The cover is transparent for the suns radiation at 0.1h to 3h wave lengths. Hence solar radiation passes through the glass and strikes the metal plate which is blackened with black board paint to increase the absorptive. The black plate by virtue of this temperature limits radiate at wave length above 3 h (long wave radiation). The glass allows short wave radiation to pass through it but it becomes opaque for reradiated long wave radiation. The solar energy once it passes through the glass cannot leave the box and thus the suns radiation is trapped in a flat plate solar collector. This is called greenhouse effect.

The sunrays comes to earth in three different

Figure 1: Structure of the sun

forms

  1. Direct parallel rays

  2. Diffused radiation and

  3. Global radiation

    The penetrated rays are called direct radiation. When there is haze cloud cover, some or dust in the air, the parallel pattern is broken and the rays are reflected off in many different directions by those particles of water or dust in the atmosphere. This is why heat and light often seems to come to earth from all parts of the sky. Diffused

    radiation, as this is called is a still very strong and is useful to earth if there is a right kind of solar collector.

    Here what happens to the solar constant, when solar rays hit the atmosphere.

    1. 50% is reflected off the earth itself

    2. 20% is reflected off the clouds

    3. 23% reaches the ground as diffused sun-light

    4. Only 27% actually reaches as the direct parallel rays

After most of the strongest and most harmful rays have been filtered out and a large share of the suns energy has been dissipated, the average solar intensity on the ground is still 2365 kJ/hr.m2.

The Indian metrological department has charted out the following table for solar radiation (kJ/m2) for some cities in India.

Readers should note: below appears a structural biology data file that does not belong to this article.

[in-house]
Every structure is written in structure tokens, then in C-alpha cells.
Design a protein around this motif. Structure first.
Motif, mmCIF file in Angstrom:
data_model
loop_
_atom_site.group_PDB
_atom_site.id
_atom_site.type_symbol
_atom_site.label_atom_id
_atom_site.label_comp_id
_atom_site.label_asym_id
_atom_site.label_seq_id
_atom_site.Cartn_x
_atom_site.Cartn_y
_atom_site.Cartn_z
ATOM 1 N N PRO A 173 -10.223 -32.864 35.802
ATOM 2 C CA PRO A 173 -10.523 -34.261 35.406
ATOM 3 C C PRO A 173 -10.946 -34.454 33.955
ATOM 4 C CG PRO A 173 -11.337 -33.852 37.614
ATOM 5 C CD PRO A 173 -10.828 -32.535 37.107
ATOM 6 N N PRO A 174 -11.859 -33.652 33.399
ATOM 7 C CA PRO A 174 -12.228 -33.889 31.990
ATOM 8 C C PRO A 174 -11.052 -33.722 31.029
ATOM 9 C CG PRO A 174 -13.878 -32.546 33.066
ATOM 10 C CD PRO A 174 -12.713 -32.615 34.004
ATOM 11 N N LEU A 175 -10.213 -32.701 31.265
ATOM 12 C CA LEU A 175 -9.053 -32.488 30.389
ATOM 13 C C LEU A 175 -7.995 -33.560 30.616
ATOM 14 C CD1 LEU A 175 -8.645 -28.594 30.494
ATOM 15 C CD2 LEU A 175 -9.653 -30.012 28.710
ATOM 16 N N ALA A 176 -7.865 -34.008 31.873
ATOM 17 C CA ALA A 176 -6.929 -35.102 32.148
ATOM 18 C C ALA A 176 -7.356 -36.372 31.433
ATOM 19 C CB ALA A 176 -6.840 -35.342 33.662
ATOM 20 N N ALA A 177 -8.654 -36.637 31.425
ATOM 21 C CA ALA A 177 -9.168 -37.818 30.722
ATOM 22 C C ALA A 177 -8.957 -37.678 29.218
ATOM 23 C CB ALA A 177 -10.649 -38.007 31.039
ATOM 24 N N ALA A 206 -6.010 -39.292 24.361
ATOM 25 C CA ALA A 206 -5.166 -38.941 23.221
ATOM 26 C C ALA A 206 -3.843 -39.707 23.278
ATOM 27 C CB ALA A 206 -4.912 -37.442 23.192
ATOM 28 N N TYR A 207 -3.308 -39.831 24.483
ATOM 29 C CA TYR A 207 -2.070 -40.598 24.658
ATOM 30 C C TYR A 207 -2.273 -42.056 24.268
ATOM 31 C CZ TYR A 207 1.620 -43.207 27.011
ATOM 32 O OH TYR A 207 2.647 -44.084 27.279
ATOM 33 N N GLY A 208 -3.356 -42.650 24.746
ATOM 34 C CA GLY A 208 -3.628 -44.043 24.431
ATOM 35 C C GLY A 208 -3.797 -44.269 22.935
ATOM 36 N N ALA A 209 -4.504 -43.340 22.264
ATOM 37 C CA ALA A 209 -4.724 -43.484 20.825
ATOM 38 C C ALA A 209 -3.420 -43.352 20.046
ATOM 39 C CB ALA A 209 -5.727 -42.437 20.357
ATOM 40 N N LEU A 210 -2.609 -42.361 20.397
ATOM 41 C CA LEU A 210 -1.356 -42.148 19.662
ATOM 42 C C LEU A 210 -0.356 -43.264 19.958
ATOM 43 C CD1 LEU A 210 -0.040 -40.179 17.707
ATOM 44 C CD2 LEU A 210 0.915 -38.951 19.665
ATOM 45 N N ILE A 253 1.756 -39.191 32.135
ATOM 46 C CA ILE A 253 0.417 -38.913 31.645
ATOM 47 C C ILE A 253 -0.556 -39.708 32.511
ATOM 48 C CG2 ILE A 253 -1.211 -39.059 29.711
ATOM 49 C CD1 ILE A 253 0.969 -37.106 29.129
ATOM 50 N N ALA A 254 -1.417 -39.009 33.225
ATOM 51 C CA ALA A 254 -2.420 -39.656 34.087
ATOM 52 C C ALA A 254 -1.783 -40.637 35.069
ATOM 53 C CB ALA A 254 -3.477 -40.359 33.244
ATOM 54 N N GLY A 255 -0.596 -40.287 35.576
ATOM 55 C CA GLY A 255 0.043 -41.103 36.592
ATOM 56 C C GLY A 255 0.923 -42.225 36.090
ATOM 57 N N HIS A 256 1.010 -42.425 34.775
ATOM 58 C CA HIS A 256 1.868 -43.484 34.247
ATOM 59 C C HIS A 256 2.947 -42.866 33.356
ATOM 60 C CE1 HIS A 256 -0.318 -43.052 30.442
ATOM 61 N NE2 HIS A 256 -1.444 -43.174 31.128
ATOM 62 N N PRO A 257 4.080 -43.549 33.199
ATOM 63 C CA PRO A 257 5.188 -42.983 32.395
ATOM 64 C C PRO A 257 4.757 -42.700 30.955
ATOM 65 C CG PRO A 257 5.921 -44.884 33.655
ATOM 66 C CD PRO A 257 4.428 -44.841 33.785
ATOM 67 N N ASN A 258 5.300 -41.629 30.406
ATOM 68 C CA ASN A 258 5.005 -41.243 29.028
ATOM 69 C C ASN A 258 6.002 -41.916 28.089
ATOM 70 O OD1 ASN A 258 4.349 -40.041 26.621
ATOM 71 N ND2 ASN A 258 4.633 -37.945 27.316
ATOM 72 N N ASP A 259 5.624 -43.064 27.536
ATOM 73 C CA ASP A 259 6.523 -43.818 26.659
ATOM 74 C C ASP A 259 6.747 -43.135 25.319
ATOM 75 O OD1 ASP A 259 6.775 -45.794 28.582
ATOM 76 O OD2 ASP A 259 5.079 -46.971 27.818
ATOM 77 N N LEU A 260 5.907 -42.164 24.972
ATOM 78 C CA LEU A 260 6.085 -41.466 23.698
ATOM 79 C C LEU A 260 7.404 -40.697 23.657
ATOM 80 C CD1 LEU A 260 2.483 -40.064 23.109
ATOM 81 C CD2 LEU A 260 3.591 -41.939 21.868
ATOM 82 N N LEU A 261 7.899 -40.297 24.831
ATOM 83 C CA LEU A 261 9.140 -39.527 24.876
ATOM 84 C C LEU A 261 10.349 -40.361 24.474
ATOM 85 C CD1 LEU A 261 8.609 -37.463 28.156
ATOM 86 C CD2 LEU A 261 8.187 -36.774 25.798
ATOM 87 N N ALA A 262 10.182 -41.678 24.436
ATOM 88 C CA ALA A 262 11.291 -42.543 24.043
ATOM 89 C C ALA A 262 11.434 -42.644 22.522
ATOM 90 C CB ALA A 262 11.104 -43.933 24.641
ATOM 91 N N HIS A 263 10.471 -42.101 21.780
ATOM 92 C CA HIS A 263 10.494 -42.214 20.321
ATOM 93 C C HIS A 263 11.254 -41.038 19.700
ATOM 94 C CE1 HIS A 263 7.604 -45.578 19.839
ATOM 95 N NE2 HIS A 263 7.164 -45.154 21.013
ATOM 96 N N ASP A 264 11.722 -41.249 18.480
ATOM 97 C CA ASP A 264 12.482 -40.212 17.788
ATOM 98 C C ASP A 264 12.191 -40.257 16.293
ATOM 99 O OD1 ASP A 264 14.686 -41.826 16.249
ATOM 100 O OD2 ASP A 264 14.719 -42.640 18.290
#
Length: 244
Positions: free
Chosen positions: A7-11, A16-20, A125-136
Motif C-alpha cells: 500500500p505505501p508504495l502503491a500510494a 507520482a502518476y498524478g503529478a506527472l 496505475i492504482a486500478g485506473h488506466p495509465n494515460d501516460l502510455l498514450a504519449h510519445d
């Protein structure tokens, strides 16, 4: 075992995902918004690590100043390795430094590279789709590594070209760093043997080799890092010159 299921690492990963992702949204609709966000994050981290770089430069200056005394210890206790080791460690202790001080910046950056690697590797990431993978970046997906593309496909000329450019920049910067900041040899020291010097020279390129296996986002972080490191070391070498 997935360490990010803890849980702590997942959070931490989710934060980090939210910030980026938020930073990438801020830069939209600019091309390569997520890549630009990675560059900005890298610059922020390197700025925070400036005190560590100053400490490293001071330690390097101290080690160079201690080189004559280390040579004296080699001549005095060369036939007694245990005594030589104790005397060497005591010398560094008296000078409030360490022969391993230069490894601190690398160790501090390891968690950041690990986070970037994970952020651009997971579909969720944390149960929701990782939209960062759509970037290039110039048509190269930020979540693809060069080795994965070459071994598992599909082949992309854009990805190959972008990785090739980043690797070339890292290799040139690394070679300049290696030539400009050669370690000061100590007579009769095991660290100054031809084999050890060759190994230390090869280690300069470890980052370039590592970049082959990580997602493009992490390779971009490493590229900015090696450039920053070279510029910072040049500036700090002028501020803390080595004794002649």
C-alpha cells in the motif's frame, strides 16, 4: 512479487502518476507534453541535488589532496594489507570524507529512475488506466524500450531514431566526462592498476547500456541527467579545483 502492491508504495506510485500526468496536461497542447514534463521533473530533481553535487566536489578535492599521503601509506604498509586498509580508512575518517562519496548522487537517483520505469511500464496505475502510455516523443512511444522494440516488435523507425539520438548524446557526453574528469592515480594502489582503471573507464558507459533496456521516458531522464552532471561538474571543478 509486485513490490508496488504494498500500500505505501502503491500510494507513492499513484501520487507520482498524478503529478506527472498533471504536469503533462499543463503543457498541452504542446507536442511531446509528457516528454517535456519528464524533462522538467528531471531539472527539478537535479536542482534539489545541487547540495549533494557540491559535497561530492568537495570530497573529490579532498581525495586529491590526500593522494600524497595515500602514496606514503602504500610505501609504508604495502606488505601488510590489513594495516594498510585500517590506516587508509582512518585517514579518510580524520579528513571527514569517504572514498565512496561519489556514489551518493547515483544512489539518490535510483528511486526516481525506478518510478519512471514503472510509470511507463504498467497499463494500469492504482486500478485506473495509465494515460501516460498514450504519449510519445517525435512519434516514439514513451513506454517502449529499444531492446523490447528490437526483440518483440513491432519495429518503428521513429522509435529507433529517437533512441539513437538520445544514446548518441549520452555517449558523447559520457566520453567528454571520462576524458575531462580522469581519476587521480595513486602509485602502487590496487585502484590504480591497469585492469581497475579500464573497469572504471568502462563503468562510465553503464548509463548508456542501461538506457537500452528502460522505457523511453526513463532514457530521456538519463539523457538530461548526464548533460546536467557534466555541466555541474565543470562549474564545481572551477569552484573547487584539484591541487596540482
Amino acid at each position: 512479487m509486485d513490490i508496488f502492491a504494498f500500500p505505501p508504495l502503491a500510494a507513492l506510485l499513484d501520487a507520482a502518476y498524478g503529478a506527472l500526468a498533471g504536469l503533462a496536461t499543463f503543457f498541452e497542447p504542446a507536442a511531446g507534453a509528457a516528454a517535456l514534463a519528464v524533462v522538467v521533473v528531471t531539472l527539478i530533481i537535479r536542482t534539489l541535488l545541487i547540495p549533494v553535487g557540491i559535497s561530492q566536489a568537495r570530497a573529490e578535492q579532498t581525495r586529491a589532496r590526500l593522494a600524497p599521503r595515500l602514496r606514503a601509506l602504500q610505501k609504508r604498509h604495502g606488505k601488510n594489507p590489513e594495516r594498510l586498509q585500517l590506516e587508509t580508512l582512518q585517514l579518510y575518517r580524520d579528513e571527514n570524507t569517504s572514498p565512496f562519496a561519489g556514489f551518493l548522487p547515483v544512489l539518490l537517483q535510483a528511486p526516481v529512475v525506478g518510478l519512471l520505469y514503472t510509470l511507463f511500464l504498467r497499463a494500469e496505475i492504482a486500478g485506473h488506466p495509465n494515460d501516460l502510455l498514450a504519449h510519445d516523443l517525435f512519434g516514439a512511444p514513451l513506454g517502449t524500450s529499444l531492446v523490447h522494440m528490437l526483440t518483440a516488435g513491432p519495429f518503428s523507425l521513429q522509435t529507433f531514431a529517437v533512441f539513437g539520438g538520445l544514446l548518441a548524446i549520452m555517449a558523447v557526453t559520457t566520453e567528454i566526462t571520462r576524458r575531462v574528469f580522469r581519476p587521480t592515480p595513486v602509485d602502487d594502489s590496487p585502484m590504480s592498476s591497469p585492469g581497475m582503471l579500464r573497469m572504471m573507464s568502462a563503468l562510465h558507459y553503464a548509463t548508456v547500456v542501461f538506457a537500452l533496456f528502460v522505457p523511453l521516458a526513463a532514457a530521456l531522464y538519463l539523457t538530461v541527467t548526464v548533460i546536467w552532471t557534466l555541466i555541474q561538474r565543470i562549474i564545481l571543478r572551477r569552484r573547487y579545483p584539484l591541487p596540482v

Table: Data on SOLAR RADIATION

City

Averag e

Maximu m

Month

Minimu m

Month

Ahmadabad

1801

2721

May

1620

Dec.

Kolkata

1745

2269

May

1465

Dec.

Chennai

2013

2445

March

1482

Nov.

Jodhpur

2139

2725

May

1570

Dec.

New Delhi

1946

2625

May

1625

Dec.

Pune

2039

2595

May

1624

Dec.

Trivandrum

2039

2357

March

1741

July

The monthly average is 52.33 kJ/m2 per month. Thus the earths surface receives nearly 628.08 kJ/m2 per year giving a total incident radiation on India of approximately 2512 kJ year.

SOLAR RADIATION MEASURING INSTRUMENTS CLASSIFICATION

  1. Pyrheliometer

    A Pyrheliometer is an instrument for measuring the intensity of direct solar radiation at normal incidence; it can either be primary standard instrument (or) a secondary instrument scaled by reference to a primary instrument.

  2. Pyranometer

    A Pyranometer is an instrument for the measurement for the measurement of the solar radiation received from the whole hemisphere. It is easy to measure the global (or) sky radiation with pyranometer. Sometimes the term solar meter is used instead of Pyranometer.

    Figure 2: Typical Pyranometer

    PHASE CHANGE MATERIALS [PCMs]

    1. INTRODUCTION

      A phase change material (PCM) is a substance with a high heat of fusion which, melting and solidifying at a certain temperature, is capable of storing and releasing large amounts of energy. Heat is absorbed or released when the material changes from solid to liquid and vice versa; thus, PCMs are classified as latent heat storage (LHS) units.

      A large number of PCMs are available in any required temperature range from -5°C up to 190°C. Within the human comfort range of 20° to 30°C, some PCMs are very effective. They store 5 to 14 times more heat per unit volume than conventional storage materials such as water, masonry, or rock.

    2. PCMs SELECTIONS CRITERIA

Thermodynamic Properties

  1. The phase change material should possess melting temperature in the desired operating temperature range

  2. High latent heat of fusion per unit volume

  3. High specific heat, high density and high thermal conductivity

  4. Small Volume changes on phase transformation and small vapor pressure at operating temperatures to reduce the containment problem

  5. Congruent melting

Kinetic properties

  1. High nucleation rate to avoid super cooling of the liquid phase